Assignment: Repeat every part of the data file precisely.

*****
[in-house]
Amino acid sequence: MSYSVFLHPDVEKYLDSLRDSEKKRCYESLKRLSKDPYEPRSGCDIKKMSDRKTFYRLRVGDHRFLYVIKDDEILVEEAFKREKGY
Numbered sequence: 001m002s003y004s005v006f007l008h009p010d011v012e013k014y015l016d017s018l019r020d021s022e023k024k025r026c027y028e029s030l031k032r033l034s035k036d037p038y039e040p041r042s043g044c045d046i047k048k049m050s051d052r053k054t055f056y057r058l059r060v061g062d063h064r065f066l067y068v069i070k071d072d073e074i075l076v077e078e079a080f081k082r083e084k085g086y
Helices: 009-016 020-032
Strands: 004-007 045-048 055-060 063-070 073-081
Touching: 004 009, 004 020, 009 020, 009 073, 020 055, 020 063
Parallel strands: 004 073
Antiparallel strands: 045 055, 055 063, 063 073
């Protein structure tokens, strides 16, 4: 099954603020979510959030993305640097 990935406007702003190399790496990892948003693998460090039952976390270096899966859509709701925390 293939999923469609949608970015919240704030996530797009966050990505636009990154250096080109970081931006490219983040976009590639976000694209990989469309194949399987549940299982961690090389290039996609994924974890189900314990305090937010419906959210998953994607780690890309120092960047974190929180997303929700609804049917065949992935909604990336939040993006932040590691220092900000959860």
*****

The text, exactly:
[in-house]
Amino acid sequence: MSYSVFLHPDVEKYLDSLRDSEKKRCYESLKRLSKDPYEPRSGCDIKKMSDRKTFYRLRVGDHRFLYVIKDDEILVEEAFKREKGY
Numbered sequence: 001m002s003y004s005v006f007l008h009p010d011v012e013k014y015l016d017s018l019r020d021s022e023k024k025r026c027y028e029s030l031k032r033l034s035k036d037p038y039e040p041r042s043g044c045d046i047k048k049m050s051d052r053k054t055f056y057r058l059r060v061g062d063h064r065f066l067y068v069i070k071d072d073e074i075l076v077e078e079a080f081k082r083e084k085g086y
Helices: 009-016 020-032
Strands: 004-007 045-048 055-060 063-070 073-081
Touching: 004 009, 004 020, 009 020, 009 073, 020 055, 020 063
Parallel strands: 004 073
Antiparallel strands: 045 055, 055 063, 063 073
């Protein structure tokens, strides 16, 4: 099954603020979510959030993305640097 990935406007702003190399790496990892948003693998460090039952976390270096899966859509709701925390 293939999923469609949608970015919240704030996530797009966050990505636009990154250096080109970081931006490219983040976009590639976000694209990989469309194949399987549940299982961690090389290039996609994924974890189900314990305090937010419906959210998953994607780690890309120092960047974190929180997303929700609804049917065949992935909604990336939040993006932040590691220092900000959860």